However, in the early days of the Empire State Buildings opening, America, and especially New York City were still fighting the Great Depression. Businesses and banks were stagnant, and unemployment was climbing. Because of this, only a small forty six percent of the building was rented out. An additional factor that heavily affected the largely vacant building was the location of the Empire State Building. The building was meant to promote business and commerce however; the crux of the financial district was condensed into the Wall Street and Grand Central area. In popular media, the misfortune of the early Empire State Building, garnished it the name “the Empty State Building”. Despite these early challenges, the owners kept the lights on in the building and New Yorkers fell in love with it, as it became a widely recognizable symbol of the city.
The Empire State Building has become a major source for New York City tourism. The primary tourist attraction would have to be the legendary observation deck. According to the Empire State Building website, ““The Highest Open-Air Observatory in New York” Find yourself in the center of it all, above it all. As the most famous observatory in the world, the 86th Floor has been the setting of dozens of movie and television scenes, as well as tens of millions of unforgettable personal moments”. New York from this view is nothing less than breathtaking. The distant streets and avenues below show in all their brilliance, the grid structure of Manhattan. From 1000 feet in the air, the city below looks like a giant blueprint, and what once seems so big, looks incredibly small.
In addition to the observation deck, the Empire State Building has become an extremely popular landmark for pop culture. The ever famous, many times re-created, scene of King Kong climbing his way up the Empire State Building is probably something everyone thinks of when looking at the skyscraper. Another Hollywood classic that is set at the Empire State Building is An Affair to Remember. The main actress Deborah Kerr tells Cary Grant that the Empire State Building is “The nearest thing we have to heaven in New York”. Since its creation, the Empire State Building has been marveling the minds of New Yorkers and tourists, making it a main source of attraction in the city. The building itself (not including the corporations it houses) has accumulated so much revenue, that in 2013, the building released its initial public offering to the New York Stock Exchange. This exposed just how much of a tourist attraction it truly is. According to the Securities Exchange Commission, the Empire State Building has an average of 4 million visitors annually, and around 10% of tourists go up to the observation deck that visit New York, which is a huge number considering the amount of tourists. Lastly, the observation deck tickets have reached revenues of $80 million dollars. These numbers explain only in part, what a landmark tourist attraction the Empire State Building is.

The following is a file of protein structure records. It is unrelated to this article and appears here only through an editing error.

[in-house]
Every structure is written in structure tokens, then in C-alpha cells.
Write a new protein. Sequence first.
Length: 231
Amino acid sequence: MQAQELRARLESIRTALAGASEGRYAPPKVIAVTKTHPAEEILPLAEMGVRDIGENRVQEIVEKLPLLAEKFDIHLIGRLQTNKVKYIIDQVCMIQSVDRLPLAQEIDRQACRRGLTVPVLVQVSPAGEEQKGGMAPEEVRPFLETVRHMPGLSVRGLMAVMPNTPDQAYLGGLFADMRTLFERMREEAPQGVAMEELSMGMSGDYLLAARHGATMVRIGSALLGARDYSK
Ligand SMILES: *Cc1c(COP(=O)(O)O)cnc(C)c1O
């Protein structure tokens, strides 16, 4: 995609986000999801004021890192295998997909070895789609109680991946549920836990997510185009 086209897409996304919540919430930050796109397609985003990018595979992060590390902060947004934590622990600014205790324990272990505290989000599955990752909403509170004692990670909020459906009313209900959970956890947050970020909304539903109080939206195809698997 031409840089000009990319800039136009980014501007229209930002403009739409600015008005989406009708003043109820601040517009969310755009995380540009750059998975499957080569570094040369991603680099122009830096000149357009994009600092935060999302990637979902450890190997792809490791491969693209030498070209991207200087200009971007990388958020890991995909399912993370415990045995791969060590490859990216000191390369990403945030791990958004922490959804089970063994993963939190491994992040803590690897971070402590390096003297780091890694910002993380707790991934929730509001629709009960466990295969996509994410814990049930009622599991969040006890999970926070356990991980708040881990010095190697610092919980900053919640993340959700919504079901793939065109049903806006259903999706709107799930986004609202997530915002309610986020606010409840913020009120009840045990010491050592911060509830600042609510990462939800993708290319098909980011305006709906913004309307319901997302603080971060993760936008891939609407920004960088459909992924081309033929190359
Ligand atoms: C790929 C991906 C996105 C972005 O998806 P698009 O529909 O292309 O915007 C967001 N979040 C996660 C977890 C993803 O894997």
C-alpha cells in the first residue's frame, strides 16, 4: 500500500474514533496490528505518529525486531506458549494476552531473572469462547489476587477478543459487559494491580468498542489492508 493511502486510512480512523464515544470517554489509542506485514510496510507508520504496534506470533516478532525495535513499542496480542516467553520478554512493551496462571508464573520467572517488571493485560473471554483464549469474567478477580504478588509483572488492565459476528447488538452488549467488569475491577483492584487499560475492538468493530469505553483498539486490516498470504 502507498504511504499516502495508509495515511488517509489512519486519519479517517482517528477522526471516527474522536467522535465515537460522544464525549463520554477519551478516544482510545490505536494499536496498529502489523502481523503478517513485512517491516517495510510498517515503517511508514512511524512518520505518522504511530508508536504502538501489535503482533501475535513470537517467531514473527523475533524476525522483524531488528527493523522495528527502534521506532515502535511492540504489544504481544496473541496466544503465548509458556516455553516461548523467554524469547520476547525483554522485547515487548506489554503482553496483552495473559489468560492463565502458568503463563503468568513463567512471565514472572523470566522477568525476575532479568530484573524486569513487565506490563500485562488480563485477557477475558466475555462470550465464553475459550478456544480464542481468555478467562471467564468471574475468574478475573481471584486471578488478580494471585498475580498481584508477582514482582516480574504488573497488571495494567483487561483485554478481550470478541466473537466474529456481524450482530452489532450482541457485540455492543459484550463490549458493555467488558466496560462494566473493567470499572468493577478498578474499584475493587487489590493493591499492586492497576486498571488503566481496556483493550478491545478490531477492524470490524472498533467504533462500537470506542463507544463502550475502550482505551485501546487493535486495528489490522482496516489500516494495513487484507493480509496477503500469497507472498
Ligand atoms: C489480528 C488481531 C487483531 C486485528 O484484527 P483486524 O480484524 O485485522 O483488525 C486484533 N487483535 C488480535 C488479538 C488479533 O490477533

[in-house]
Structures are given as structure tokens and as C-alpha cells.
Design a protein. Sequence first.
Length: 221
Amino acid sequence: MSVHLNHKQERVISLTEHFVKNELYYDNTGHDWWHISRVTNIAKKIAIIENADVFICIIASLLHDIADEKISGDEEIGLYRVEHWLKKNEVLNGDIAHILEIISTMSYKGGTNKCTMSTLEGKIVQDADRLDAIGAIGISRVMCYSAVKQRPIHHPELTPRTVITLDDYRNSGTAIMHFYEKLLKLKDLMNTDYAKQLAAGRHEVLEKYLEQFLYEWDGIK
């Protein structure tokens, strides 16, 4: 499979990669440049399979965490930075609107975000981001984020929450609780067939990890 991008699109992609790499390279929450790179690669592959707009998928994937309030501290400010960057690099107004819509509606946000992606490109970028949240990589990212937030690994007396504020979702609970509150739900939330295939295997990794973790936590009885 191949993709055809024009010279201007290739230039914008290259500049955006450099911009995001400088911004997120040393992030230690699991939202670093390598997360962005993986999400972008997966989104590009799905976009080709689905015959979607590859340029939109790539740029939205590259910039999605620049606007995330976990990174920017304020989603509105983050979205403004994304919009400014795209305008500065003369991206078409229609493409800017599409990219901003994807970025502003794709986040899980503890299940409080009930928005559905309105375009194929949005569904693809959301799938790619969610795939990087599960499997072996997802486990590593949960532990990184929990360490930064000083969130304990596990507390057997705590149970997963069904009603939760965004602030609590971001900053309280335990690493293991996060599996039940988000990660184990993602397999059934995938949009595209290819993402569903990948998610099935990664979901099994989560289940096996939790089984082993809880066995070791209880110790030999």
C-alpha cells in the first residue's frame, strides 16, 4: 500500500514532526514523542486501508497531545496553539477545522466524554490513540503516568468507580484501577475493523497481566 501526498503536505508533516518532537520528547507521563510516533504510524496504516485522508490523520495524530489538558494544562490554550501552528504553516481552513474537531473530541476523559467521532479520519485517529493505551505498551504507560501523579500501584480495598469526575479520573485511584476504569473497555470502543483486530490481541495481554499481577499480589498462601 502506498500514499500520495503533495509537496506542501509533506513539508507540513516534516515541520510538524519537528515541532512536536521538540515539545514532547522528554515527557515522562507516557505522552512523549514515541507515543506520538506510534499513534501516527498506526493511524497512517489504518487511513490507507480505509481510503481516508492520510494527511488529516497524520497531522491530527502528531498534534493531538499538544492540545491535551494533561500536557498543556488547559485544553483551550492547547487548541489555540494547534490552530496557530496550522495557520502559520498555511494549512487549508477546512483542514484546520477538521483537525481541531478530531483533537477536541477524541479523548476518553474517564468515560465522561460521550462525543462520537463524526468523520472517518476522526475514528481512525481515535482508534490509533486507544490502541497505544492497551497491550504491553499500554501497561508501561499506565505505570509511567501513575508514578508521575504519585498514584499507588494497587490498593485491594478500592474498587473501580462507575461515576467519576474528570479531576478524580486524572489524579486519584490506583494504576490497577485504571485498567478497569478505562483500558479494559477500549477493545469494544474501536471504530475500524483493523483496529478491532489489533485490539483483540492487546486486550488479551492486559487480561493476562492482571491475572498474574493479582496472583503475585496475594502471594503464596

Perhaps the most pertinent primary source for this project is the New York Times article from August 30, 1929. This source reveals the earliest days of the Empire State Building’s conception, as well as the people that made this architectural dream a reality. While going through this primary source, there was something particularly interesting. It discussed the limitations of building the tower, and not only the obvious cost and it being the first of its kind. It discussed the issue of the stringent New York building codes that were in place. The Times article states “The Empire State Building will reach nearly 1,000 feet. It will rise 15 stories before there is a setback and the great height of eighty stories will be reached by a tower. Mr. Smith said this meant the upper fifty floors of the building will have plenty of light and air” This information reveals that the “upper fifty floors” was relatively uncharted territory when it came to skyscrapers. The City building regulators simply did not quite know the possibilities such a lofty building could have.